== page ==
Sun, Exc Standard – Santa Clara, CA
How the course ran...
Cliff Notes Version for Novice – Best Way to Handle the Course:
- Start with dog on right and lead-out between #1 and #2, release the dog over the jump and put into the tunnel.
- Do a front cross while the dog is in the tunnel so they are on the handler’s left side for #3 & 4.
- Do a front cross after the #4 teeter so the dog is on the handler’s right for #5 & #6.
- Optional: Do a front cross on the landing side of the a-frame to put the dog on the #7 table.
- With the dog on the handler’s right side while leaving the table, proceed through #12.
- On the landing side of #12, do a front cross to facilitate the change in direction toward the dog walk.
- The dog is on the handler’s left side for the dog walk and weaves.
- Do a front cross after the weaves (be sure to move in the direction of the #15 jump) so the dog is on the handler’s right going down the last line of jumps.
Skills Challenge for Open – Training Suggestions To Get To The Next Level:
If choosing a running a-frame, you must TRAIN for the running criteria…not just hope your dog hits the yellow area. See below for more details.
Train dog & handler to be able to stay in close for tight handling. An example is the sequence of the #13 dog walk to the #14 weaves and to avoid the off-course #8 jump.
The Details for Excellent – What Worked and What Didn’t:
For this group of handlers, the first 6 obstacles were generally very smooth and without incident. The problem seemed to start with the #6 a-frame.
Running a-frames are very popular at this point in agility’s evolution and I saw plenty of them at this trial. I also called more missed a-frame contacts than I can remember! With the off-course #8 jump starring the dogs’ in the eye as handler’s raced to try to collect their dog for the turn to the #7 table, I was a busy, busy judge. I do believe running contacts are wonderful, however, just like any other obstacle performance, they do need to be TRAINED!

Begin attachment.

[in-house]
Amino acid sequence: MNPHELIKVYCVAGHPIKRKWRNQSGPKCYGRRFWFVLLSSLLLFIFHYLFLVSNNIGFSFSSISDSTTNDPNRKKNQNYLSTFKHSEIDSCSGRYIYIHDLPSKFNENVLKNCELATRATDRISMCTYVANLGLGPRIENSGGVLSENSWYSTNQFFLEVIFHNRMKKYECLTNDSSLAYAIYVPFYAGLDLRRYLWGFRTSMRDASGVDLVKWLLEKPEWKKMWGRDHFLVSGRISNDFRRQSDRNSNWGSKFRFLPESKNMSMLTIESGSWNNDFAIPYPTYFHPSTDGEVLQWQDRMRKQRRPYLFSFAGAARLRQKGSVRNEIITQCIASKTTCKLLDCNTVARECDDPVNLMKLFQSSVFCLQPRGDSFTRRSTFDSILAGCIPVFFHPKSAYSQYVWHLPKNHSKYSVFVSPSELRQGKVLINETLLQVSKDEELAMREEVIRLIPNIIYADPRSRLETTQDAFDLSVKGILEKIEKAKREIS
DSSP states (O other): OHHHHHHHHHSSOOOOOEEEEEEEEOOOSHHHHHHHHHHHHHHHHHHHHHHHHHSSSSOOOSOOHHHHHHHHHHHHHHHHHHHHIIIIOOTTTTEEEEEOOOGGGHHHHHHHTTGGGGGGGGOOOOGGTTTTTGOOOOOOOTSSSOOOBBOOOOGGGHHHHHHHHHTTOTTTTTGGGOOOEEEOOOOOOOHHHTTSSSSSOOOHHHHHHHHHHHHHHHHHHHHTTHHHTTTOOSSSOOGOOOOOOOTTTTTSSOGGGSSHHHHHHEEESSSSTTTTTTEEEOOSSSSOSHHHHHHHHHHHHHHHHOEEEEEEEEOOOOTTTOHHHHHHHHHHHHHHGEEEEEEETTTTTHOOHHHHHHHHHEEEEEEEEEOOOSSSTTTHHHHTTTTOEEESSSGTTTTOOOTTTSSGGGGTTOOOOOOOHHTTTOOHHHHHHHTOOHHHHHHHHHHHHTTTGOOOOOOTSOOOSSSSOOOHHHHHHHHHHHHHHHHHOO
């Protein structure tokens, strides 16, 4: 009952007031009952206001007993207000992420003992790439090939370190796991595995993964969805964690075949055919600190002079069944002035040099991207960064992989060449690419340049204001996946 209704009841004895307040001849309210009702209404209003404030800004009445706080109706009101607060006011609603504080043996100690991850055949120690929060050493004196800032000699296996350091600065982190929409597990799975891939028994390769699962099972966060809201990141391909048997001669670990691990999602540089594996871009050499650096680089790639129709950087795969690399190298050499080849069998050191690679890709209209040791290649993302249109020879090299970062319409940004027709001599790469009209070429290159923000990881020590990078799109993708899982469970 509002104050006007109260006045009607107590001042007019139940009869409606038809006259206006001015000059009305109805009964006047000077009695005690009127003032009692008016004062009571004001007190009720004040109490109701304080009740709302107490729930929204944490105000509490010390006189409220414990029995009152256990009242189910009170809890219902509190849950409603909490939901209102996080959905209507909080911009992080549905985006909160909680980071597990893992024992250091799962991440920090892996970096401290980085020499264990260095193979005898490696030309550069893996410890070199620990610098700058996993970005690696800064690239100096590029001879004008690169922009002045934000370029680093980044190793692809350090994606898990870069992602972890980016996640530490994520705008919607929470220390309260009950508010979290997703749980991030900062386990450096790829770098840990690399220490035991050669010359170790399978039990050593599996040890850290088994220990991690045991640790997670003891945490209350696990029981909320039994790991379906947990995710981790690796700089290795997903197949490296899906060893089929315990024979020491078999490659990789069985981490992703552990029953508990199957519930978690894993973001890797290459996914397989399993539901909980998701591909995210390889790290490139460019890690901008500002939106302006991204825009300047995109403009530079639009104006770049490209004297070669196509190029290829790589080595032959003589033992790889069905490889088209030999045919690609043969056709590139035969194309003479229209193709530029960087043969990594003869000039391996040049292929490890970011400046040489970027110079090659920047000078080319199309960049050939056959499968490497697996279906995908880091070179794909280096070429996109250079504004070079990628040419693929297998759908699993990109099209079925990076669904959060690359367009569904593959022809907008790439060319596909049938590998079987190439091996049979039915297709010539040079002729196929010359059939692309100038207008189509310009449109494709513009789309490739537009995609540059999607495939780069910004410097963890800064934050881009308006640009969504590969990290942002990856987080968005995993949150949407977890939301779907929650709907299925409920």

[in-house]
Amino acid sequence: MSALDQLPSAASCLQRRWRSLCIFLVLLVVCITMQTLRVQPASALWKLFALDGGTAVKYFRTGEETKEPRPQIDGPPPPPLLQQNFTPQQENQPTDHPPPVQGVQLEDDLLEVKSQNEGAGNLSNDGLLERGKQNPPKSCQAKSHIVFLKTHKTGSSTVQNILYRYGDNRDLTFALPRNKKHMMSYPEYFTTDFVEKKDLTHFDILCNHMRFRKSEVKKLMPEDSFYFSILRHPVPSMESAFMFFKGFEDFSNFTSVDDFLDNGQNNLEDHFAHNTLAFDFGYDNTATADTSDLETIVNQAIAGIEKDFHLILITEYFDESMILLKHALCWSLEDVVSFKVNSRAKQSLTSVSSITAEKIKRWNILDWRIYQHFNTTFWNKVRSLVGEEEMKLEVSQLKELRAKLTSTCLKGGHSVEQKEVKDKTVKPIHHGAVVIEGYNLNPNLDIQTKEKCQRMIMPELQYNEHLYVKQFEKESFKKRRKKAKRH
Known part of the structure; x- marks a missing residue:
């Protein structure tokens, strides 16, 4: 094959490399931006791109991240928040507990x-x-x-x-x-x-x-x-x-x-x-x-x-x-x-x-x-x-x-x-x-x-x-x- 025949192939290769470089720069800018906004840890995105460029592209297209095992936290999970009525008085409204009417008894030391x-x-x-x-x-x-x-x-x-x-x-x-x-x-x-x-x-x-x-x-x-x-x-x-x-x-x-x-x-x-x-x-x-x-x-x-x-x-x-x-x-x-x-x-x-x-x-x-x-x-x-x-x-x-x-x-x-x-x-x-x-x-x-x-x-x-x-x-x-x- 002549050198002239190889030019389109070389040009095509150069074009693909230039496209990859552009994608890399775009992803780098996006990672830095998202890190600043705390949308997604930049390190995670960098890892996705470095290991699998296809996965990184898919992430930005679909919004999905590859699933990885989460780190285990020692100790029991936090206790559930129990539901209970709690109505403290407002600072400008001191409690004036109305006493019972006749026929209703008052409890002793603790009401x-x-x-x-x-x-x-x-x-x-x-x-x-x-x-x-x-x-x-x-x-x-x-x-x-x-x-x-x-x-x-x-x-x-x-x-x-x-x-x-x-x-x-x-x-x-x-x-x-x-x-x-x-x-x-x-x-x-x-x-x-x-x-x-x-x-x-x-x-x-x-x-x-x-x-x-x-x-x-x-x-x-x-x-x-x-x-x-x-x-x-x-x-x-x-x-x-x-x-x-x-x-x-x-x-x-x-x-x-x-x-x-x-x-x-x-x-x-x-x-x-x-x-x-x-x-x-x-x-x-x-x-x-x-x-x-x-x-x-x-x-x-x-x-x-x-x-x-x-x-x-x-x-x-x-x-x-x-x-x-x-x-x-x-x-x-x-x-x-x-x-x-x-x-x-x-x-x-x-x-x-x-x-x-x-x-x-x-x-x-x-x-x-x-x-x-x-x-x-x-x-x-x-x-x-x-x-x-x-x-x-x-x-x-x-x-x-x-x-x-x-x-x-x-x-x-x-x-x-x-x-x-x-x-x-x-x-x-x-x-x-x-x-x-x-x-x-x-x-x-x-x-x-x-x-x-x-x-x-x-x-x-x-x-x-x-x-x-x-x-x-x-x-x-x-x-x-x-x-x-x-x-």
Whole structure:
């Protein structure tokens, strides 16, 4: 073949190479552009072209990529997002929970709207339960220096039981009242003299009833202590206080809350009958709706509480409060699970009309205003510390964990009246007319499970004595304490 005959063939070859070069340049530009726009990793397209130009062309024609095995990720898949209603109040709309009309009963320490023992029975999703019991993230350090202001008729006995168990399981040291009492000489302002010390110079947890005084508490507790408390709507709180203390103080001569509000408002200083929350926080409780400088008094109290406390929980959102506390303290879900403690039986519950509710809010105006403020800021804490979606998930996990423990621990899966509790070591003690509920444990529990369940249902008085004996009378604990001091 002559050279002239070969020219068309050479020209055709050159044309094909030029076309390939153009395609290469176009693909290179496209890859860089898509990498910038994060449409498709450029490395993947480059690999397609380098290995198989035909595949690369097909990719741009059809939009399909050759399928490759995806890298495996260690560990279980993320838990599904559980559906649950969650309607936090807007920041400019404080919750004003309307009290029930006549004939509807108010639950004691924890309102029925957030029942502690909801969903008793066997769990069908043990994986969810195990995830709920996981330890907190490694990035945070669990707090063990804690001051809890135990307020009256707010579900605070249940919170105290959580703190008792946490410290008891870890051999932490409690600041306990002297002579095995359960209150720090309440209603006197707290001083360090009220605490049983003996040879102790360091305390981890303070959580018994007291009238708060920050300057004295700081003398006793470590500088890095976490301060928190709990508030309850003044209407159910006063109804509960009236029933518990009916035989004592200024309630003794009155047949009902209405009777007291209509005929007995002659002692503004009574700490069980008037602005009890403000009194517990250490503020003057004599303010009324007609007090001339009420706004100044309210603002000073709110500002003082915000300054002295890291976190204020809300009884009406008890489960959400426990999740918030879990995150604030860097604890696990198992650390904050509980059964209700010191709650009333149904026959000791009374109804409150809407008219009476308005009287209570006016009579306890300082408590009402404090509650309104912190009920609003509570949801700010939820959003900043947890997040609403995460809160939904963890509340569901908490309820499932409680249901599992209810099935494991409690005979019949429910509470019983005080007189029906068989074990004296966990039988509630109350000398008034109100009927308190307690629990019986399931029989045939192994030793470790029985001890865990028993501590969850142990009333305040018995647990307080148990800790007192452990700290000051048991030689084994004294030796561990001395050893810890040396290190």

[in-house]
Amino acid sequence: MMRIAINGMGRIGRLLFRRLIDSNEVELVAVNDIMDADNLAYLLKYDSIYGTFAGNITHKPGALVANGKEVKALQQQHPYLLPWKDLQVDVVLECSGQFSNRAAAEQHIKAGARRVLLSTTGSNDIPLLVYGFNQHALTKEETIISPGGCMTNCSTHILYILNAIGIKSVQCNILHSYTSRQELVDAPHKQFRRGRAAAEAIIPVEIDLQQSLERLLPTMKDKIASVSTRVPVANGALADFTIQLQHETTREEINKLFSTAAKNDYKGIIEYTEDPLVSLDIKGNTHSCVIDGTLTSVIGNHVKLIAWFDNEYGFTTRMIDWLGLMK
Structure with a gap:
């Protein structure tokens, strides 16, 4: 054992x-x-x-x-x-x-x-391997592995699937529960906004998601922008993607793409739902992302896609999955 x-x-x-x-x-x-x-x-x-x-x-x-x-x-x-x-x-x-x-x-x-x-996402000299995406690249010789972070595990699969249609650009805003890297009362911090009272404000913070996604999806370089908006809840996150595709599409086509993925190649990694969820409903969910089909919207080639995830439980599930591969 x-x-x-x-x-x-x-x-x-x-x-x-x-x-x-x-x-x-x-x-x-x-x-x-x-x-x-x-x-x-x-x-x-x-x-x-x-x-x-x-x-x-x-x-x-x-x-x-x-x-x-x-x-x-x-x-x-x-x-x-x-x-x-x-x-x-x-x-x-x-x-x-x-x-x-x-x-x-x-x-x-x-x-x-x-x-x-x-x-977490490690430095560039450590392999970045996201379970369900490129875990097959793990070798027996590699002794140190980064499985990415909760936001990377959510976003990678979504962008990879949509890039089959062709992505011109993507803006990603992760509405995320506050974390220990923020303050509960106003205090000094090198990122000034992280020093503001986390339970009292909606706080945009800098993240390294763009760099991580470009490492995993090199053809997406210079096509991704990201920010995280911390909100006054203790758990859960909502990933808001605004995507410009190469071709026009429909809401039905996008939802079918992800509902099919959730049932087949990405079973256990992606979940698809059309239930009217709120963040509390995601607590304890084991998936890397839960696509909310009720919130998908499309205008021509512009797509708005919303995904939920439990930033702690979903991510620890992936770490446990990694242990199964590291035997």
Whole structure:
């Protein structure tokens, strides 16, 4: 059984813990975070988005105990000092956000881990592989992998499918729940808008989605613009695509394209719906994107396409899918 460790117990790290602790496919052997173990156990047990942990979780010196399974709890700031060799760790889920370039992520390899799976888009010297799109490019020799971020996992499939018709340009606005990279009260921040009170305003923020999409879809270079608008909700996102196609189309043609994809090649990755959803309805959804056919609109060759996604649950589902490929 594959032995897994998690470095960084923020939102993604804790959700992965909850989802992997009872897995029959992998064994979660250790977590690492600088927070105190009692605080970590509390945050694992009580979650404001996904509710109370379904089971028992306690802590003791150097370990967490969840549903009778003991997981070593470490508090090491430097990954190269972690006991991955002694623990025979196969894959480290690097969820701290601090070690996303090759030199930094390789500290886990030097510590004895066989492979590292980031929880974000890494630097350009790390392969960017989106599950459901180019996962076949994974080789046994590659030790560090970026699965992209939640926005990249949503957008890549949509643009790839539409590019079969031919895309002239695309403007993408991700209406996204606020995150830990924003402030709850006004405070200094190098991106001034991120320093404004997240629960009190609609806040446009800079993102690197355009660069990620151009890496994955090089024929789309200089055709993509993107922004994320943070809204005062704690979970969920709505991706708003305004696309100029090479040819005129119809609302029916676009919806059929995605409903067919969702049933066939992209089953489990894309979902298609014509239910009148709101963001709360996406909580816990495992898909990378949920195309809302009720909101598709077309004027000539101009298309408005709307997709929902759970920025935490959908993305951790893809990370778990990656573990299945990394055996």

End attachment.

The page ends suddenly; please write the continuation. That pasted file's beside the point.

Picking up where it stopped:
Sequence #7 through #12 was fun for the dogs and handlers were successful in driving down the line to keep the dog on track.
Because of the speed coming in to #12:
- Handlers often struggled to get into place for a front cross before the #13 dog walk and often had to turn prior to getting on the weave side of this obstacle. Once out of place, they were forced to either do an unplanned rear cross at the dog walk entrance or continue moving backward which could result in the dog moving toward the off-course #16 jump.
- The other speed problem was that handlers were challenged in collecting their dog for the turn up the dog walk. Some dogs simply chose not to collect or didn’t see their handlers who were trying to front cross when behind the dog and went over the #16 jump that was right in front of them.
The most challenging area on the course was the line from #13 to the #14 weave poles. It seems dogs were so used to taking what was in front of them that many completely ignored their handlers to go out to the off-course #8 jump. Other handlers attempted to get creative (with some success) and front-crossed after the dog walk so that they were facing the poles. While this created one heck of a challenging weave pole entry for the dogs, I have to say, most made the entry which leaves me to believe this group of handlers has trained that skill.
The unexpected area of the course was the push from #15 up to the #16 jump. After having gotten through the ‘hard parts’ of the course, some handlers failed to support or push-out to the #16 jump so dogs took the obvious short cut and went from #15 to #17 as they followed their handlers down to the closing jumps.
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